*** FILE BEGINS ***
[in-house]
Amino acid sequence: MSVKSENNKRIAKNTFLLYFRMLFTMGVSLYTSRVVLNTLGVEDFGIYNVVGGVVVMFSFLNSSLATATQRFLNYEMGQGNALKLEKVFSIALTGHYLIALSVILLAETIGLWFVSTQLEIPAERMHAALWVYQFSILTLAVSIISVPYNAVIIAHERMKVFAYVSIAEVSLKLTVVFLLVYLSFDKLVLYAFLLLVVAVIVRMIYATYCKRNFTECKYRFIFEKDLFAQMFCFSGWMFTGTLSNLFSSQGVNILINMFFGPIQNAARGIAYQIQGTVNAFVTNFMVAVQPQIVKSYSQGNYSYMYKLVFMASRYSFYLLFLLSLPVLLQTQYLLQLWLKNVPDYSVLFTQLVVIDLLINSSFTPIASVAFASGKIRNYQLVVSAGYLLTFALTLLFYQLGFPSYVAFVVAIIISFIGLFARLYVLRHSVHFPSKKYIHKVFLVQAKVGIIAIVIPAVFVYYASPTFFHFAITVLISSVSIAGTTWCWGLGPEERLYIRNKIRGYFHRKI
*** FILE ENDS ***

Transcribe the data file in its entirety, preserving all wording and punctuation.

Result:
[in-house]
Amino acid sequence: MSVKSENNKRIAKNTFLLYFRMLFTMGVSLYTSRVVLNTLGVEDFGIYNVVGGVVVMFSFLNSSLATATQRFLNYEMGQGNALKLEKVFSIALTGHYLIALSVILLAETIGLWFVSTQLEIPAERMHAALWVYQFSILTLAVSIISVPYNAVIIAHERMKVFAYVSIAEVSLKLTVVFLLVYLSFDKLVLYAFLLLVVAVIVRMIYATYCKRNFTECKYRFIFEKDLFAQMFCFSGWMFTGTLSNLFSSQGVNILINMFFGPIQNAARGIAYQIQGTVNAFVTNFMVAVQPQIVKSYSQGNYSYMYKLVFMASRYSFYLLFLLSLPVLLQTQYLLQLWLKNVPDYSVLFTQLVVIDLLINSSFTPIASVAFASGKIRNYQLVVSAGYLLTFALTLLFYQLGFPSYVAFVVAIIISFIGLFARLYVLRHSVHFPSKKYIHKVFLVQAKVGIIAIVIPAVFVYYASPTFFHFAITVLISSVSIAGTTWCWGLGPEERLYIRNKIRGYFHRKI